Joanne Kurtzberg is an internationally renowned expert in pediatric hematology–oncology, pediatric blood and marrow transplantation, umbilical cord blood banking and transplantation, and the novel application of cord blood in the emerging fields of cellular therapy and regenerative medicine. Dr. Kurtzberg was also the first to use umbilical cord blood as an alternative to bone marrow in an unrelated hematopoietic stem cell transplantation (HSCT), in 1993.
Over the last two decades, Dr. Kurtzberg has established an internationally known pediatric transplant program at Duke, which treats children with cancer, blood disorders, immune deficiencies, hemoglobinopathies and inherited metabolic diseases. In 2010, Kurtzberg established the Julian Robertson Cell and Translational Therapy Program (CT2) at Duke. CT2 focuses on translational studies from bench to bedside with a focus on bringing cellular therapies in regenerative medicine to the clinic. Recent areas of investigation in CT2, which are funded by the Marcus Foundation, include the use of autologous cord blood in children with neonatal brain injury, cerebral palsy, and autism as well as preclinical and clinical studies manufacturing microglial oligodendrocyte-like cells from cord blood to treat patients with acquired and genetic brain diseases. Studies of donor cord blood cells and donor cord tissue mesenchymal stem cells in adults with stroke and children with cerebral palsy or autism are also underway. In 2018, Dr. Kurtzberg established and became director of the Marcus Center for Cellular Cures (MC3) at Duke.
In 1998 at Duke, she also established one of the largest unrelated donor cord blood banks, the Carolinas Cord Blood Bank. It has an inventory of more than 40,000 units and has provided cord blood to more than 2,500 patients undergoing unrelated donor HSCT over the past 20 years. Dr. Kurtzberg’s lab has developed novel assays enumerating ALDH bright cells to predict cord blood potency from segments attached to cryopreserved cord blood units, and is performing translational research testing cord blood expansion, cellular targeted therapies and tissue repair and regeneration. In 2012, under the direction of Dr. Kurtzberg, the Carolinas Cord Blood Bank received FDA approval for DuCord, a stem cell product derived from umbilical cord blood, for use in transplants between unrelated donors and recipients. Dr. Kurtzberg currently holds several INDs for investigational clinical trials. Additionally, she is the co-director of the Duke Hospital Stem Cell Transplant Laboratory.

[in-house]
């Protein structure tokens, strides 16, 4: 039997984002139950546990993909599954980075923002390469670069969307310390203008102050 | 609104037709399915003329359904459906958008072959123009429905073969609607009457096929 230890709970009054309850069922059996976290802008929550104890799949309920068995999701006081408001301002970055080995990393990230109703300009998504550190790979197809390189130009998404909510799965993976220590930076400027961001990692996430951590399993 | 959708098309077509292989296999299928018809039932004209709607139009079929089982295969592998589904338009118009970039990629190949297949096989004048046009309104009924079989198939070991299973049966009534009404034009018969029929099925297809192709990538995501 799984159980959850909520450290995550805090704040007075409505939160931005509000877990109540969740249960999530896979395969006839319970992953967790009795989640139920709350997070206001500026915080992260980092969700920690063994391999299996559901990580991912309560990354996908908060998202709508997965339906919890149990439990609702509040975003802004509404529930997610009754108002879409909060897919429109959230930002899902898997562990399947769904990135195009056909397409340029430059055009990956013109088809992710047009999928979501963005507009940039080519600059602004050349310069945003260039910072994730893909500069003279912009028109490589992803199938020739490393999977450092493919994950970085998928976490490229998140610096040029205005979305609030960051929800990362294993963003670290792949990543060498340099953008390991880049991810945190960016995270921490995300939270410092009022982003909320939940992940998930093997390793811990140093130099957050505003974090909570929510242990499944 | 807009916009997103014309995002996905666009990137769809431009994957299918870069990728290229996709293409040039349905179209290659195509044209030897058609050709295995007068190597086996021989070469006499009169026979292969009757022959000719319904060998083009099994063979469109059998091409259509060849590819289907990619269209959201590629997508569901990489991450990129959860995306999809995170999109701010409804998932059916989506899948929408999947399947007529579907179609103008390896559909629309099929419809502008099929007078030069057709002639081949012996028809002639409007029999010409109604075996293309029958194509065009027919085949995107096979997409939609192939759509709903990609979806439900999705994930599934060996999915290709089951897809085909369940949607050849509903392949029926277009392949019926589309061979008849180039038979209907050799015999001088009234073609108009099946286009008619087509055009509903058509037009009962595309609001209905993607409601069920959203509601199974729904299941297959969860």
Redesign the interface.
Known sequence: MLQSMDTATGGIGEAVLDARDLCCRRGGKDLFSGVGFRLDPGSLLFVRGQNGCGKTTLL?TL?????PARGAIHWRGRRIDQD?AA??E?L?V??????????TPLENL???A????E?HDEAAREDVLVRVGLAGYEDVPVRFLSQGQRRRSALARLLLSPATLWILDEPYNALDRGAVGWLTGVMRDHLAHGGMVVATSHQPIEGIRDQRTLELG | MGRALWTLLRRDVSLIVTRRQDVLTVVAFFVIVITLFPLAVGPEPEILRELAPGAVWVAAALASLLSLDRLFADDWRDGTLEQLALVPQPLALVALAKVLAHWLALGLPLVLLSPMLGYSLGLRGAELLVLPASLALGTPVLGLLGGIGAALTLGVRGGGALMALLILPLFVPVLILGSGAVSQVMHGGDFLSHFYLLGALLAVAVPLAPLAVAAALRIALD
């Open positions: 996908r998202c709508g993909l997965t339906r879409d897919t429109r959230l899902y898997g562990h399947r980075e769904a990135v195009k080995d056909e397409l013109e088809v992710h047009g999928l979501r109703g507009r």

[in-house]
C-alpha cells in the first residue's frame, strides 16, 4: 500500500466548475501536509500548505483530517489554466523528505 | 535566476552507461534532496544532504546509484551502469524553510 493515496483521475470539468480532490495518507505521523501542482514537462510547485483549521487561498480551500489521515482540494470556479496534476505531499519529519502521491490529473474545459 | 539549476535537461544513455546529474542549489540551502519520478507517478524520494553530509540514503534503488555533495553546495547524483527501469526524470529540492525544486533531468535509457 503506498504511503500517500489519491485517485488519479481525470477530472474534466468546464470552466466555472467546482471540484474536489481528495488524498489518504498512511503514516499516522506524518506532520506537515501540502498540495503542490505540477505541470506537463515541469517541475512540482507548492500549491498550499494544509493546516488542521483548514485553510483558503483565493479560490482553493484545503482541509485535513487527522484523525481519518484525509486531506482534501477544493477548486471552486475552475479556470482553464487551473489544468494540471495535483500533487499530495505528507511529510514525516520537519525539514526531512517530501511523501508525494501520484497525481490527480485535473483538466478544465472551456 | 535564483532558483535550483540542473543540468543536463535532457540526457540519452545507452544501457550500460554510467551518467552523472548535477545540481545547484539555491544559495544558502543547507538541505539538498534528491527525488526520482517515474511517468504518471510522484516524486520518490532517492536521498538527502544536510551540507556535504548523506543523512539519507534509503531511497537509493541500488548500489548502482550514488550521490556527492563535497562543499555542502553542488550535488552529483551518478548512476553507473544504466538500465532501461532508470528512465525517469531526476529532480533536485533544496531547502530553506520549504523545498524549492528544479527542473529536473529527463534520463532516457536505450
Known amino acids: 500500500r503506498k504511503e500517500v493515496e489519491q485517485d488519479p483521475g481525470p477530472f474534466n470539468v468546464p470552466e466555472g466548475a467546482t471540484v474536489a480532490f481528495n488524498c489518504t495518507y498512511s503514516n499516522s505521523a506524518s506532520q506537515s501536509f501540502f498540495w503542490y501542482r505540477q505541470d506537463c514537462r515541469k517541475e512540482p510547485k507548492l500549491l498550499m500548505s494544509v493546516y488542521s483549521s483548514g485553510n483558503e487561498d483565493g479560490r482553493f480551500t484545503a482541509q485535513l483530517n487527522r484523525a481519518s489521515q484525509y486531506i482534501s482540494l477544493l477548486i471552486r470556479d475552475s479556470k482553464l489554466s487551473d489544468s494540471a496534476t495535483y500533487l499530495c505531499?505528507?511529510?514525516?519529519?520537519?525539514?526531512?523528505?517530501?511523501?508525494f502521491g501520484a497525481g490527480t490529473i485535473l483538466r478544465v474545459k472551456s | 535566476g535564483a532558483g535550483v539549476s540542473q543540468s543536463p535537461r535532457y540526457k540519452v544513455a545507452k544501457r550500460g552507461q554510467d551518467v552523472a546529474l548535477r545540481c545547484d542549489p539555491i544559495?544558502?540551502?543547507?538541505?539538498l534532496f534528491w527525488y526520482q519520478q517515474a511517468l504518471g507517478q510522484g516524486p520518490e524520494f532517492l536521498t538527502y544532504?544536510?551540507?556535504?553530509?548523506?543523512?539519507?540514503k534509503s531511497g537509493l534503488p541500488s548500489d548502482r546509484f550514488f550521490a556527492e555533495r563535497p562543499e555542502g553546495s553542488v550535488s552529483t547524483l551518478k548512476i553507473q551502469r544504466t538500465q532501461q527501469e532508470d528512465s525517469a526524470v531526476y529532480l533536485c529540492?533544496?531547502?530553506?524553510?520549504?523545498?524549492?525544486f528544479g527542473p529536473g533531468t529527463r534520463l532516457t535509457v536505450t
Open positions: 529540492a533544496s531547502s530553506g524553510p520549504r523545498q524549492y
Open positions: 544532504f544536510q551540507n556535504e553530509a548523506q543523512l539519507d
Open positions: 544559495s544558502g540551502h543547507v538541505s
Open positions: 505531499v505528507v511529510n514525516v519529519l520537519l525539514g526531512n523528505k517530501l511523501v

Dr. Kurtzberg has published more than 300 peer-reviewed papers, multiple chapters and many scientific reviews. She is a member of the American Society of Hematology, the American Association of Blood and Marrow Transplantation, the American Society of Pediatric Hematology–Oncology, the International Society of Cellular Therapies, the Pediatric Blood and Marrow Transplant Consortium (PBMTC), and multiple other organizations. She has served on the Board of the Foundation of Accreditation of Cellular Therapies, co-chaired the National Marrow Donor Program’s Cord Blood Advisory Group and has served on the Advisory Council of Blood Stem Cell Transplantation to Health and Human Services. Dr. Kurtzberg was awarded a Lifetime Achievement Award from the PBMTC in 2012. Most recently, she established and is the first president of the Cord Blood Association.
Read more about Dr. Kurtzberg's contrbutions to cord blood banking.